Hornby Panthers’ premiership defence has been far from smooth, forced to walk the tightrope for several weeks just to keep their bid for back-to-back Canterbury Rugby League titles alive. But after finding form at the right team of the year with a new-look and rapidly improving line-up, the club finds itself facing Linwood Keas in the Pat Smith Trophy grand final for the sixth time in seven seasons.

The Panthers occupied a position in the bottom half of the Massetti Cup ladder for most of the regular season. With 10 of their 2021 premiership heroes missing – headlined by captain and Mel Cooke Trohpy winner Sincere Harraway, who joined Eastern Eagles in the off-season – they lost their first three games and had only three wins on the board with six rounds remaining.

But a last-gasp 28-26 comeback win over Riccarton and a hard-fought 16-10 defeat of Northern would prove invaluable. The Panthers leapfrogged the Bulldogs into fourth spot on for-and-against in the last round courtesy of a 104-6 demolition of Papanui.

From there, the Panthers have trekked to Wainoni Park to eliminate the Eagles (28-22) and ventured to Halswell Domain to subdue the Hornets (16-6) – who had beaten them by 24 points just three weeks earlier – in sudden-death finals matches.


“It’s been a bit of a rollercoaster of a year, losing so many from last year’s grand final and waiting for the young ones to mature, to build up to that intense level of footy they need,” long-serving Hornby coach Jed Lawrie explains.

“But they got there and came out and proved in the last couple of weeks they deserved to be here. Ten from the grand final team – it’s pretty hard to replace that experience. They’ve had their ups and downs, played some really good footy at times but just needed that self-belief.

“There was some big moments just to make the top four. The most pleasing part has been how they embraced the opportunity over the last few weeks and played a really tough style of footy.”

Caleb Murphy, Isileli Pulu, Christian Fetu and Zinzaan Martin scoring the Panthers’ points in the prelim against the Hornets reflected the changing of the guard at the club.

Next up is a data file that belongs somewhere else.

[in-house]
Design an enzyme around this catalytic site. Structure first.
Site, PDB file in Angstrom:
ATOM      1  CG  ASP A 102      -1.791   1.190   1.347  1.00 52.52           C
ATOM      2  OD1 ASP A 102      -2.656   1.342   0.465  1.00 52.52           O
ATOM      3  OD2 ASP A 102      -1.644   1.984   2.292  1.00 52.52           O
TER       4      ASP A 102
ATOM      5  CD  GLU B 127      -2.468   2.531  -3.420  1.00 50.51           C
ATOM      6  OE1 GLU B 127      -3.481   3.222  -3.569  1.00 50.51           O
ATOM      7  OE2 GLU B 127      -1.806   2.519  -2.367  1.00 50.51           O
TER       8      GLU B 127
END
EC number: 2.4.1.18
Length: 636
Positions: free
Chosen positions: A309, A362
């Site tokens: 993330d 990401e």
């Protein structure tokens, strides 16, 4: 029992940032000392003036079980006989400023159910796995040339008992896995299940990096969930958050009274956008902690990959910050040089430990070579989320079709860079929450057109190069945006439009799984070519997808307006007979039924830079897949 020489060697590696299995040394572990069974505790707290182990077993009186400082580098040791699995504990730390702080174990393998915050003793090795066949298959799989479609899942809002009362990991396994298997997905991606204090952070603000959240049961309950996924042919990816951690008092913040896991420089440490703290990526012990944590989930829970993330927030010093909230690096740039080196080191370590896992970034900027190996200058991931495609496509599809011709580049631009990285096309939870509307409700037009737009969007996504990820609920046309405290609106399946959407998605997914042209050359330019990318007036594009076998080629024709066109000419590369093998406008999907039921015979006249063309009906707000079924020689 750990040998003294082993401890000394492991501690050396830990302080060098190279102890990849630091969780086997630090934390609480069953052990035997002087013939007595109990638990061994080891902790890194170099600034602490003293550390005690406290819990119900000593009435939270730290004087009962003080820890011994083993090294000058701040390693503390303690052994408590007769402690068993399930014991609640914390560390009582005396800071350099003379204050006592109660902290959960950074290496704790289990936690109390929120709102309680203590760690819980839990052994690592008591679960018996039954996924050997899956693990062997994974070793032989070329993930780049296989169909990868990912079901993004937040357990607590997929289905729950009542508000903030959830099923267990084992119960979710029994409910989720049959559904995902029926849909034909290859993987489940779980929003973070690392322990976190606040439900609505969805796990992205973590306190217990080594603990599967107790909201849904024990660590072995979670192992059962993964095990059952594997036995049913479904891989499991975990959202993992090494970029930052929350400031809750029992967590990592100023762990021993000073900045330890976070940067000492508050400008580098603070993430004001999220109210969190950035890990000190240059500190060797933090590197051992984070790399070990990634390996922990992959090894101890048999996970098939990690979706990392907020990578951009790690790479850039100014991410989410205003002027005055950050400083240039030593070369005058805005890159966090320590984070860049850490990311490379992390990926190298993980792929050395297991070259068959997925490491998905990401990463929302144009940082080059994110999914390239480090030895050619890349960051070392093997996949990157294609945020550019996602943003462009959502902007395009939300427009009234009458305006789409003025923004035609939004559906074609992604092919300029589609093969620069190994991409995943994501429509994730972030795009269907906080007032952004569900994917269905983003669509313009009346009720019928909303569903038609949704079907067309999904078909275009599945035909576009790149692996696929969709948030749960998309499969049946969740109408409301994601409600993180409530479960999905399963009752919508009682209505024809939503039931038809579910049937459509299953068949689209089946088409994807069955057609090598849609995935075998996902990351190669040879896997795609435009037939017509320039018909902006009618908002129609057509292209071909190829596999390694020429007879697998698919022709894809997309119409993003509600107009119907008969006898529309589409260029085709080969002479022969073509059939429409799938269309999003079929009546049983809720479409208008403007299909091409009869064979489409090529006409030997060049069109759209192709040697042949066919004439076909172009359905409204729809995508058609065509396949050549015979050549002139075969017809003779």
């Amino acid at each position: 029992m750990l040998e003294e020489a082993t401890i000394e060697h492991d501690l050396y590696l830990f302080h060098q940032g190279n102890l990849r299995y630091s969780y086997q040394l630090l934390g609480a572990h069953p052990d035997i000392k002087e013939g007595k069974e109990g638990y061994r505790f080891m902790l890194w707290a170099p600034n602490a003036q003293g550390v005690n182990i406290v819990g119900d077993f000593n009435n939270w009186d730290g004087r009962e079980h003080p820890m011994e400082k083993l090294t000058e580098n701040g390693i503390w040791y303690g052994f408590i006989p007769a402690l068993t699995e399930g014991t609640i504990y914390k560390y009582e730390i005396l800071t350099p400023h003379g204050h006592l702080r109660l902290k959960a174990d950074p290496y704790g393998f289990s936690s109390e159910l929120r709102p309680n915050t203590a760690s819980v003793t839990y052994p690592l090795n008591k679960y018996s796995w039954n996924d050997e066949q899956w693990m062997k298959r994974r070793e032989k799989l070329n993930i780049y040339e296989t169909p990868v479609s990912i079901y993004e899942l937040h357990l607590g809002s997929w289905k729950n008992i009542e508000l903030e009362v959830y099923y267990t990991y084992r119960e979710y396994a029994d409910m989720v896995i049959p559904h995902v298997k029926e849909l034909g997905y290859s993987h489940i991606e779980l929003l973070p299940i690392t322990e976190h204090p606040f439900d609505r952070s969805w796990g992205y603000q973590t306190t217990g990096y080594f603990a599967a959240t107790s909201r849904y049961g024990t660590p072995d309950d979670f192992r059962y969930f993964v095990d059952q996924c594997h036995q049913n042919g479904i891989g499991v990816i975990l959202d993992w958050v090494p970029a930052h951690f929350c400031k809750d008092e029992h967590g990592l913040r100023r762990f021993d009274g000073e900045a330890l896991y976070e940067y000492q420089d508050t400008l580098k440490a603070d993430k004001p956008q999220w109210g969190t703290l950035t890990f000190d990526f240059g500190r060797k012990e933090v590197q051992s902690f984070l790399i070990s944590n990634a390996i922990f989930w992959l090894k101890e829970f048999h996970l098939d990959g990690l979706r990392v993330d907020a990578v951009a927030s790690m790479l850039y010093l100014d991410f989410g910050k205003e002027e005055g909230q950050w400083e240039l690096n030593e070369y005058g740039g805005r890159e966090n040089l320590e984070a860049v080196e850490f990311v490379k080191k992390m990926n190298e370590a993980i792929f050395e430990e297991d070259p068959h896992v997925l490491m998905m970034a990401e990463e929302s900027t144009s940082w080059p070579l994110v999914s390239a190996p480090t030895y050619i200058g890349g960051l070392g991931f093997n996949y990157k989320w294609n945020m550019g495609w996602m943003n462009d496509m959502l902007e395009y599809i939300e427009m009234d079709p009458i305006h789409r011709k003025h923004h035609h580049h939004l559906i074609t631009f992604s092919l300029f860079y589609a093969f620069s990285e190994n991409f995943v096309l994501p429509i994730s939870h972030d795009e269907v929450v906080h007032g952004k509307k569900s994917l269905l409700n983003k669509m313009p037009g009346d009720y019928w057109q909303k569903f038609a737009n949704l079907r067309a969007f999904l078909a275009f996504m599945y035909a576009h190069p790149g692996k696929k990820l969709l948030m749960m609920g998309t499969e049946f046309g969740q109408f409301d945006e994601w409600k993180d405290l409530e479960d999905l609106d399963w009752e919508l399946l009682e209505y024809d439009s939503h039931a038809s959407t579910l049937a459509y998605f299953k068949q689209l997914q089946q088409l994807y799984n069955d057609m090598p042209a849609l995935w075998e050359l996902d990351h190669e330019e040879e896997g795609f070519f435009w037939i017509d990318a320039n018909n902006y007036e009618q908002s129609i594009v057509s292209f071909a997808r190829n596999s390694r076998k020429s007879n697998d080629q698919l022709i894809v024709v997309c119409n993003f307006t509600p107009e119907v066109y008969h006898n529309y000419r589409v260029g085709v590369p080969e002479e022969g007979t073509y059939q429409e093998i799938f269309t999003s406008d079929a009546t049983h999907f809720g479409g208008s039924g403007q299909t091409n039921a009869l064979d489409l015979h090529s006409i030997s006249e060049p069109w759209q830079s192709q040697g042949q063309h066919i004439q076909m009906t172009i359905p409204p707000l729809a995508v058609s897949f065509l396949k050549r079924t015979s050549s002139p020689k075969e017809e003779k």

Lawrie has no concerns about his youthful line-up bucklingn under the pressure this Sunday – while he has the vast experience of multiple grand final specialists to rely on when the going gets tough.

“The new generation thrive on that sort of stuff these days,” he says.

“There will be some nerves there, but having ‘Baxy’ (James Baxendale), Corey Lawrie and a few others from last year’s grand final in the forward pack will help them along.”

Initially set to step down as coach after steering Hornby to its long-awaited premiership last year, Jed Lawrie – who was in charge as the Panthers agonisingly went down to the Keas in four straight grand finals from 2016-19 – could not resist the challenge of attempting to lead the club to consecutive championships.

But this will be the last hurrah for Lawrie and possibly some other club stalwarts, too – though Lawrie isn’t allowing sentiment to creep into Hornby’s grand final preparations.

“We haven’t talked about it – we don’t want that to be a talking point,” Lawrie insists.

“These boys go out and play their best for their families, for their supporters. Whatever happens, happens.

“I’ve been around long enough … the guys coming through have proved they can do a good job after us.”

Blocking the resurgent Panthers’ path to repeat glory is a Keas side that is yet to taste defeat in 2022.

A draw against the Hornets is the closest the Iuma Mulitalo-coached side has come to be knocked off this season, while the Keas were white-hot in a 40-10 semi-final defeat of the Hornets in their last assignment a fortnight ago.

An experienced core of Daniel Hartley, Alani Kakoi, Penetito Ilalio, Michael Nicholls-Cane, and Paul, Matt and Erwin Sauni remains at Linwood, while young guns Kyle Amer, Etelani Pouli, Makarini Mohi and Mika Moemalo Ulu will be eager to finish off a big season with a premiership medal.

The Keas can also claim a psychological edge from a 30-10 early-season win over the Panthers at home and a gripping 28-24 victory at Leslie Park during the second half of the home-and-away schedule into the decider.


Lawrie knows a more confident, cohesive and formidable Panthers unit will be taking the field this weekend than the rebuilding side that faced the Keas earlier this year, however, and the effect of removing the club’s grand final millstone in 2021 can’t be discounted.

“(Going back-to-back) is a goal that I set, coming back this year. Defending it would be massive – but in front of us is an unbeaten Linwood team. We’ve got a big job ahead of us on Sunday, but it’s 13 on 13 for 80 minutes and we’ve got an opportunity, that’s the main thing.

“Every time we’ve played Linwood we’ve competed really well, we’ve just fallen away at stages. The boys are really excited.”

Linwood Keas and Hornby Panthers square off in the 2022 Bartercard CRL Men’s Premiership grand final at Ngā Puna Wai, kicking off at 3pm.

Men's Premier Rugby League Grand Final 2021 Linwood Keas vs Hornby Panthers at Nga Puna Wai Park, 11/08/21
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